Latest Streptococcus Stories
You might not need to throw out your tooth brush after recovering from a sore throat after all, according to a new study presented Saturday at the annual meeting of the Pediatric Academic Societies (PAS) in Washington DC.
New research from Lund University casts new light on the interaction between the immune system and streptococcus bacteria, which cause both mild tonsillitis and serious infections such as sepsis and necrotising fasciitis.
Dr. Russell Russo, an Orthopedic Surgeon at LSU Health Sciences Center New Orleans, and other researchers stress that orthopedists should have a high index of suspicion for necrotizing fasciitis, or flesh-eating bacterial infection, in every patient with pain or other symptoms that are out of proportion to the initial diagnosis.
A more accurate, faster diagnostic test for Group B Streptococcal infection in babies has been reported in the Journal of Medical Microbiology.
Bacterial meningitis is an infection of the meninges, the protective membrane that covers the spinal cord and brain.
Widespread screening of children in poorer countries is now being studied and is resulting in the diagnosis of rheumatic heart disease (RHD) in patients that would likely have gone undetected under normal circumstances.
Rheumatic heart disease (RHD) is significantly under-treated in Africa and India according to the preliminary findings of a new global study presented today at the World Congress of Cardiology.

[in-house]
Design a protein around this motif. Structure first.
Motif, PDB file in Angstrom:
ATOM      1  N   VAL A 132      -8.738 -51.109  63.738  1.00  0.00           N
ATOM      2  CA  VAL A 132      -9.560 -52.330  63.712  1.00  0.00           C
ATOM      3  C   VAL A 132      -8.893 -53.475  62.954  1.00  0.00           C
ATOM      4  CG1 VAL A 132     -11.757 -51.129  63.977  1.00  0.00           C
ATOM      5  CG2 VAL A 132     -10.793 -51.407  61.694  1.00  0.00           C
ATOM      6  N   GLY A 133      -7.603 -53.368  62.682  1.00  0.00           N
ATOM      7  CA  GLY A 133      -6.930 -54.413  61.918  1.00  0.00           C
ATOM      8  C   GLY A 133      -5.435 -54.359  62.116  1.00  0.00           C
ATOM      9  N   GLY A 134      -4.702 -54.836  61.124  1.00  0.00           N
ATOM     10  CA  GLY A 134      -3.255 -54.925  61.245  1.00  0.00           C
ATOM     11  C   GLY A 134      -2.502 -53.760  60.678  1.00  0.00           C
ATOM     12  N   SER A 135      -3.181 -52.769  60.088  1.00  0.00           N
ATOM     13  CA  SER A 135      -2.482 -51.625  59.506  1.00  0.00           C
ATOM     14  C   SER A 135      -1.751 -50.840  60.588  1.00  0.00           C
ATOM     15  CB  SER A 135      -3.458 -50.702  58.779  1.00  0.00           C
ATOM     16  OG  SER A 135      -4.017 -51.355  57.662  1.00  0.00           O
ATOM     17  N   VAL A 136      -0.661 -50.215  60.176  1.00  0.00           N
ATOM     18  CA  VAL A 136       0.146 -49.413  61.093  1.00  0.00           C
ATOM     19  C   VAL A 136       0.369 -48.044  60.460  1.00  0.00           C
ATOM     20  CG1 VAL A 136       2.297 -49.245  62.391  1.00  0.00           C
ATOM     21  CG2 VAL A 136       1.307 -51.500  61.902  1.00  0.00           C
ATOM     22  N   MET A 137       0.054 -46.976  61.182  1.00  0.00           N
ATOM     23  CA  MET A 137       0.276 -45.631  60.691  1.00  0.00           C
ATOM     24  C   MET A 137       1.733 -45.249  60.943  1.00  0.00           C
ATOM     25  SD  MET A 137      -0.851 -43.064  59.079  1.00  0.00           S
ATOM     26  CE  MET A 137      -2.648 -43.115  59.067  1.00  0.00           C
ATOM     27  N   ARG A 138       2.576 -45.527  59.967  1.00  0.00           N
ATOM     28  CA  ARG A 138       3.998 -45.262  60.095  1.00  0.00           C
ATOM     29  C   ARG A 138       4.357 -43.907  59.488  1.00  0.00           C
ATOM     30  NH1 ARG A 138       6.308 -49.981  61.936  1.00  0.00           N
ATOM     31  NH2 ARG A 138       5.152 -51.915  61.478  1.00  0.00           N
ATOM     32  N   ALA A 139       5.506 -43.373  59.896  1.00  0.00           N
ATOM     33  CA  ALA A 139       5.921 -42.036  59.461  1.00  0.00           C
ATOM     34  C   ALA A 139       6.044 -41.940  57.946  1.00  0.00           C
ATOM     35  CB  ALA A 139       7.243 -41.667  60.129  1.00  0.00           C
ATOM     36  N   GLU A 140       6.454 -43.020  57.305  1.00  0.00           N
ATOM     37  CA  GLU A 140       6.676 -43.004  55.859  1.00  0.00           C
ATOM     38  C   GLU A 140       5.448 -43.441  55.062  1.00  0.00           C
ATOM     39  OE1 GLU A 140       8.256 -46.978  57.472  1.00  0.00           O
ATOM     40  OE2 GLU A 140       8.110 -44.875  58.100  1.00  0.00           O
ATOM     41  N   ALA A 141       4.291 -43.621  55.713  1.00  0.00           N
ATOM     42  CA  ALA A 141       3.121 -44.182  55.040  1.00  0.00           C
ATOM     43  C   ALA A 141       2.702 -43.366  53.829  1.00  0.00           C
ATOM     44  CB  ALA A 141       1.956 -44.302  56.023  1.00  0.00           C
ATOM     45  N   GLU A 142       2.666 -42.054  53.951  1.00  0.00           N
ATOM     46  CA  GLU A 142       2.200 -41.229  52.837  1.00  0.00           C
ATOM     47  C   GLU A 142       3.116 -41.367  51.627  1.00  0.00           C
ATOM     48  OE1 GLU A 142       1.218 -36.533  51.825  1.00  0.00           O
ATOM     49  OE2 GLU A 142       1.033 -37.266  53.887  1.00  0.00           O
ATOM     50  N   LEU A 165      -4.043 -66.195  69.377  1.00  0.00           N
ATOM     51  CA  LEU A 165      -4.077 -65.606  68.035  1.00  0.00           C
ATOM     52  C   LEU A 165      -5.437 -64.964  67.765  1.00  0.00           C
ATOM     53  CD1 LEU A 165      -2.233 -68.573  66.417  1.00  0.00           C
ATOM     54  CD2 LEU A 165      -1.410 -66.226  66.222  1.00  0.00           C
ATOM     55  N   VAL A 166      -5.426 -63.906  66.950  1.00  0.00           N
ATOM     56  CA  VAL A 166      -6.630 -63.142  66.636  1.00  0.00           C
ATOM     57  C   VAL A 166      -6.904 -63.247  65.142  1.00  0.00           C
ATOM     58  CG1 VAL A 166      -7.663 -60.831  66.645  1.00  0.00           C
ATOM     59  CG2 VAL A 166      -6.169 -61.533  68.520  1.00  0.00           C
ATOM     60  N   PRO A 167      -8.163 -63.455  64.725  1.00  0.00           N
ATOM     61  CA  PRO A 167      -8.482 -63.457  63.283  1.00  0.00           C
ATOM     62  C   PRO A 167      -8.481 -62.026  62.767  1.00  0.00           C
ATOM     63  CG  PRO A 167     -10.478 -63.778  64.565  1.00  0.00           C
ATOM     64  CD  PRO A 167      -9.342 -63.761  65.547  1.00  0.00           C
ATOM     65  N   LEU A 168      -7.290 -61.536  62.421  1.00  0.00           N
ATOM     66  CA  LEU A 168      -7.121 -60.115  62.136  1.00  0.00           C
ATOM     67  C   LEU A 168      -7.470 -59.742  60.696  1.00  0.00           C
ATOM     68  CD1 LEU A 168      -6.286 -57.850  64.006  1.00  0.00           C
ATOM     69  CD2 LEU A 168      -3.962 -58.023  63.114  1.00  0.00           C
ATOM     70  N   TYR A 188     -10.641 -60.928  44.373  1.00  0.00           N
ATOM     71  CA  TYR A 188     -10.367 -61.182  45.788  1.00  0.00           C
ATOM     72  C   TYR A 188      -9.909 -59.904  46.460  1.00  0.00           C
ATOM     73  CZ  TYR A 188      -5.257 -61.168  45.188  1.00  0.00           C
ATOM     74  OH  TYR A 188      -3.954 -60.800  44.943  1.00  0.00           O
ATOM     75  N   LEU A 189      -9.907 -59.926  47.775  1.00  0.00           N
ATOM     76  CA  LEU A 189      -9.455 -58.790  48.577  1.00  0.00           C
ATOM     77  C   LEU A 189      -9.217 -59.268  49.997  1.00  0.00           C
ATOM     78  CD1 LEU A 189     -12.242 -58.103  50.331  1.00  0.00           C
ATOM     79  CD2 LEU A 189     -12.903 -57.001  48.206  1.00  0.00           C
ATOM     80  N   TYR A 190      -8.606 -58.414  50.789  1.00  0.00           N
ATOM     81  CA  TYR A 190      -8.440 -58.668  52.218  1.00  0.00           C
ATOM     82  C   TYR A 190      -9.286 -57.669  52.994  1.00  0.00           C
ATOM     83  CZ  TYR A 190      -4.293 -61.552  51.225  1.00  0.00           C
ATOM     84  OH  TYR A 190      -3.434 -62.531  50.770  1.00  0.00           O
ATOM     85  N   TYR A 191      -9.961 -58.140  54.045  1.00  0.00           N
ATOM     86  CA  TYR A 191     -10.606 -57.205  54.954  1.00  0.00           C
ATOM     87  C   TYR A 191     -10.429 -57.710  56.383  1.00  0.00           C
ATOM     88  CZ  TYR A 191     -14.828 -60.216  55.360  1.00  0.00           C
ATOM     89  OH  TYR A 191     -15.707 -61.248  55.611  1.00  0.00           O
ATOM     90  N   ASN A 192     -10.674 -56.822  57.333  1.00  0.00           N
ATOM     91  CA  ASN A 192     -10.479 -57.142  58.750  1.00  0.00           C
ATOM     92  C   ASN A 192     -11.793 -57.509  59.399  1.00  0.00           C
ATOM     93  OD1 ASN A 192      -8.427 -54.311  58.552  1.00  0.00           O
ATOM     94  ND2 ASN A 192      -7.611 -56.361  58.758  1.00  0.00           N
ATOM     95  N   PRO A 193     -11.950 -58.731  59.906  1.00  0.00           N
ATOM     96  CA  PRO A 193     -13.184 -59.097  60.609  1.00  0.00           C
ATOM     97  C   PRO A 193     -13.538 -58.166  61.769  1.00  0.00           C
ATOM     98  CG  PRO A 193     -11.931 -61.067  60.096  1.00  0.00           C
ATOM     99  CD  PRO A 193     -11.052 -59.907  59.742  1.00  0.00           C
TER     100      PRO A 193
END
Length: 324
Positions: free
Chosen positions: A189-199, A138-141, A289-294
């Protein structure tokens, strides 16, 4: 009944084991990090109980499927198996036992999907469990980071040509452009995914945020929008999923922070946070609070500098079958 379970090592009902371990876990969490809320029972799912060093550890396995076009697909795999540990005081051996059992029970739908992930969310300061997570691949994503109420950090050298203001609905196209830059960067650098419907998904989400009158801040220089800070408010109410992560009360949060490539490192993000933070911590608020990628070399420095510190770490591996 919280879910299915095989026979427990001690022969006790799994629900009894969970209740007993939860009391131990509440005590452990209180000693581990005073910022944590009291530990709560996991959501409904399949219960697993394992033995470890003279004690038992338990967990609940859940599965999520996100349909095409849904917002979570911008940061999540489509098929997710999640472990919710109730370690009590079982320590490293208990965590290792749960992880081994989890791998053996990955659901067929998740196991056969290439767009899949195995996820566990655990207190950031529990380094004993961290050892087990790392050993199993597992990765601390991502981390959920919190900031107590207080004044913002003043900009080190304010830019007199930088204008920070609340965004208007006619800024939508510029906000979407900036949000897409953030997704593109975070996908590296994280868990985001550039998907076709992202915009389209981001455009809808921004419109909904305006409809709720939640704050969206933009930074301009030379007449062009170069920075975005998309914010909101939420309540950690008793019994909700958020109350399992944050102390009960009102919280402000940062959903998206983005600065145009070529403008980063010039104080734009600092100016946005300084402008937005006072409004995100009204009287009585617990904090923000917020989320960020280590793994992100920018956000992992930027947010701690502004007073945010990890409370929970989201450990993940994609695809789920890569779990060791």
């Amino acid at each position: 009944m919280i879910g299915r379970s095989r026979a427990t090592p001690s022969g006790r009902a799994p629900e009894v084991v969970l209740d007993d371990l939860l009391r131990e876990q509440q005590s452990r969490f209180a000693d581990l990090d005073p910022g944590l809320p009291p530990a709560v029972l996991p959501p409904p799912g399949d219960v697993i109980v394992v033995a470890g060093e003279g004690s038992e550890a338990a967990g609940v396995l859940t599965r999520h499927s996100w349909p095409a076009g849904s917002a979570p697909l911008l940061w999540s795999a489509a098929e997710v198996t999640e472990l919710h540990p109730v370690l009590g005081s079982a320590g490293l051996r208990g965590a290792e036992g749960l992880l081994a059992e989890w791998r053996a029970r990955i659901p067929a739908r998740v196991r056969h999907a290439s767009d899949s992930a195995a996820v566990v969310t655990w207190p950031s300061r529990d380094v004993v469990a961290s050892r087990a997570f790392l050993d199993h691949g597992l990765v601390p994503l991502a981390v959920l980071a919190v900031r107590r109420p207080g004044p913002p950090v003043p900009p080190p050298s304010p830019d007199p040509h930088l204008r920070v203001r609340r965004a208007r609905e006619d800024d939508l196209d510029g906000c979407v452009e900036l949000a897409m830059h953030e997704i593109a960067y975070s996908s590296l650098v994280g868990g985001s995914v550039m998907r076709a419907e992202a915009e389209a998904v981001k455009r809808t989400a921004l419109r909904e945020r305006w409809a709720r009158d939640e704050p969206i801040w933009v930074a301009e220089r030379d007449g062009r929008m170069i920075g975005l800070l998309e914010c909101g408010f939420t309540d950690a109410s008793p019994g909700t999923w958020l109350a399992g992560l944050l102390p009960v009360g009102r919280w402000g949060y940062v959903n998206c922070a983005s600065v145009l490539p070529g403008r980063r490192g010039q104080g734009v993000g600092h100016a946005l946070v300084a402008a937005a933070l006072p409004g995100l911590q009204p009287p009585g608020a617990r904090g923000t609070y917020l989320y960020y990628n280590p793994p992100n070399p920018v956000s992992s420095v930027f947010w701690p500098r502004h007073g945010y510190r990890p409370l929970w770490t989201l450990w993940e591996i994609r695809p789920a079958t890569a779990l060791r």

Streptococcus pyogenes is a spherical, Gram-positive bacterium is the cause of Group A streptococcal infections. It displays streptococcal group A antigen on its cell wall. When it is cultured on blood agar plates it produces large zones of beta-hemolysis. They are catalase-negative and in ideal conditions it has an incubation period of about 1-3 days. It is an infrequent part of the skin flora. It is the cause of many important human diseases, ranging from mild superficial skin infections...
Streptococcus pneumoniae, or pneumococcus, is Gram-positive, alpha-hemolytic, bile-soluble aerotolerant, anaerobic member of the genus Streptococcus. It was recognized as a major cause of pneumonia in the late 19th century and is thus the subject of many humoral immunity studies. It causes many other types of pneumococcal infections other than pneumonia including acute sinusitis, otitis media, meningitis, bacteremia, sepsis, septic arthritis, peritonitis, cellulites, and brain abscess. It...
Enterococcus faecalis "“ formerly classified as part of the Group D Streptococcus system "“ is a Gram-positive, commensal bacterium inhabiting the gastrointestinal tracts of humans and other mammals. It is one of the main constituents of some probiotic food supplements. E. faecalis can cause life-threatening infections in humans. It is frequently found in root canal-treated teeth in prevalence values ranging from 30% to 90% of the cases. It is a non-motile, facultatively anaerobic...
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